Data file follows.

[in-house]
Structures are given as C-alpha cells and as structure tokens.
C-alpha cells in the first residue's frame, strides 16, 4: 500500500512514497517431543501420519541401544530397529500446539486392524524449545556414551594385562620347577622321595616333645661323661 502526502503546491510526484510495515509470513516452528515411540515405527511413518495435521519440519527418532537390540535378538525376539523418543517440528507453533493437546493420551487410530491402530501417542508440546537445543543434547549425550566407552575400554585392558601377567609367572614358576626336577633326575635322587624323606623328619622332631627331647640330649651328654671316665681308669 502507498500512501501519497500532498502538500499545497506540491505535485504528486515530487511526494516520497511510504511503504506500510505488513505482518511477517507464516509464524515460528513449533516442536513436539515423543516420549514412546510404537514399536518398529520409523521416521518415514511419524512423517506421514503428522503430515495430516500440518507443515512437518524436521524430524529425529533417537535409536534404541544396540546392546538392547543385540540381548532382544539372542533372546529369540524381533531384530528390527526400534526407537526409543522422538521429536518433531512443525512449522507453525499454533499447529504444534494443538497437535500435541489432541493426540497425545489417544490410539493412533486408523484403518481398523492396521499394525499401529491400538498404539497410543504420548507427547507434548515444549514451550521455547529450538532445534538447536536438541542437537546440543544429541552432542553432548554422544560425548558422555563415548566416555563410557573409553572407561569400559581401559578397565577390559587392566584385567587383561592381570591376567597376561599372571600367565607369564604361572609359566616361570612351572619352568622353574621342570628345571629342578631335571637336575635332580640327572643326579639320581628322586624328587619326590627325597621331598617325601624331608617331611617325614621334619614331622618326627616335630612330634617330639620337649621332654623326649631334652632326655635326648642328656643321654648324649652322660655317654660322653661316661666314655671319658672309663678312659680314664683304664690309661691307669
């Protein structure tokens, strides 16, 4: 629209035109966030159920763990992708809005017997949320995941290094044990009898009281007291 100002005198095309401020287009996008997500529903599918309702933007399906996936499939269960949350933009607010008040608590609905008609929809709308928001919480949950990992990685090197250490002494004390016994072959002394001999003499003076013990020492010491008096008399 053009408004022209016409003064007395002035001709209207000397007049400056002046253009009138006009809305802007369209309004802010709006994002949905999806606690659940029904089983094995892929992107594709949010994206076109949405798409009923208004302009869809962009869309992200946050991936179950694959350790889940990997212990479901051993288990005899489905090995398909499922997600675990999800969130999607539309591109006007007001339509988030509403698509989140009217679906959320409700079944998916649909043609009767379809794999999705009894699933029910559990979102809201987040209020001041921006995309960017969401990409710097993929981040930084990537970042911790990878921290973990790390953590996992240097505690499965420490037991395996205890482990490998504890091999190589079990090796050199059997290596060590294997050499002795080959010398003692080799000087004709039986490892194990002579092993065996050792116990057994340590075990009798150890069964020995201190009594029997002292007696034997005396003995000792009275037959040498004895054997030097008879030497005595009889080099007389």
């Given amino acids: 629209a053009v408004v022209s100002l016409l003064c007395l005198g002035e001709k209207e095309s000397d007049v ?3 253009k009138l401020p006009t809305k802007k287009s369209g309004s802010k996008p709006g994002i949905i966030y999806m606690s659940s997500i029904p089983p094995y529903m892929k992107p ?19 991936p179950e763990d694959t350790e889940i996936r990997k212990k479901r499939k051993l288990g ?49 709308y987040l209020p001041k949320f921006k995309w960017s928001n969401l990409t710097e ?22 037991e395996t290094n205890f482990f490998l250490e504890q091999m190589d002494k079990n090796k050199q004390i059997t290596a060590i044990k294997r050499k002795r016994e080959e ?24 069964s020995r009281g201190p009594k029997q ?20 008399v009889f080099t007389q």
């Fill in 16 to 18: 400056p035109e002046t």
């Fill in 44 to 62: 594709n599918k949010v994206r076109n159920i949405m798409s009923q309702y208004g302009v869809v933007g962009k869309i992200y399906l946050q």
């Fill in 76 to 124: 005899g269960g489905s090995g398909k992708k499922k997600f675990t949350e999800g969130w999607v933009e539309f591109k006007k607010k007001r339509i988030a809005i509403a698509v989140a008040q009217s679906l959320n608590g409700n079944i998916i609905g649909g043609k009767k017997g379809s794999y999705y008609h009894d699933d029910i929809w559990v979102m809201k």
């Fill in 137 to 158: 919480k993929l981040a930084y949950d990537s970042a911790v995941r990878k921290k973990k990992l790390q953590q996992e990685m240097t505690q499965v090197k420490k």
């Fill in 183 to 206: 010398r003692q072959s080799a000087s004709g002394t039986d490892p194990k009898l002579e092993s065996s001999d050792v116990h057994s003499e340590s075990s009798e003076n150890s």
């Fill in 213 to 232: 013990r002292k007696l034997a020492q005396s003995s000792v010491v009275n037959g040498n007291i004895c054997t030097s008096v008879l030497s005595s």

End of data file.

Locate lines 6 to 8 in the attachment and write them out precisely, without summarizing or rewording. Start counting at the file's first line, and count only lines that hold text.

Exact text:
């Fill in 16 to 18: 400056p035109e002046t």
């Fill in 44 to 62: 594709n599918k949010v994206r076109n159920i949405m798409s009923q309702y208004g302009v869809v933007g962009k869309i992200y399906l946050q």
């Fill in 76 to 124: 005899g269960g489905s090995g398909k992708k499922k997600f675990t949350e999800g969130w999607v933009e539309f591109k006007k607010k007001r339509i988030a809005i509403a698509v989140a008040q009217s679906l959320n608590g409700n079944i998916i609905g649909g043609k009767k017997g379809s794999y999705y008609h009894d699933d029910i929809w559990v979102m809201k």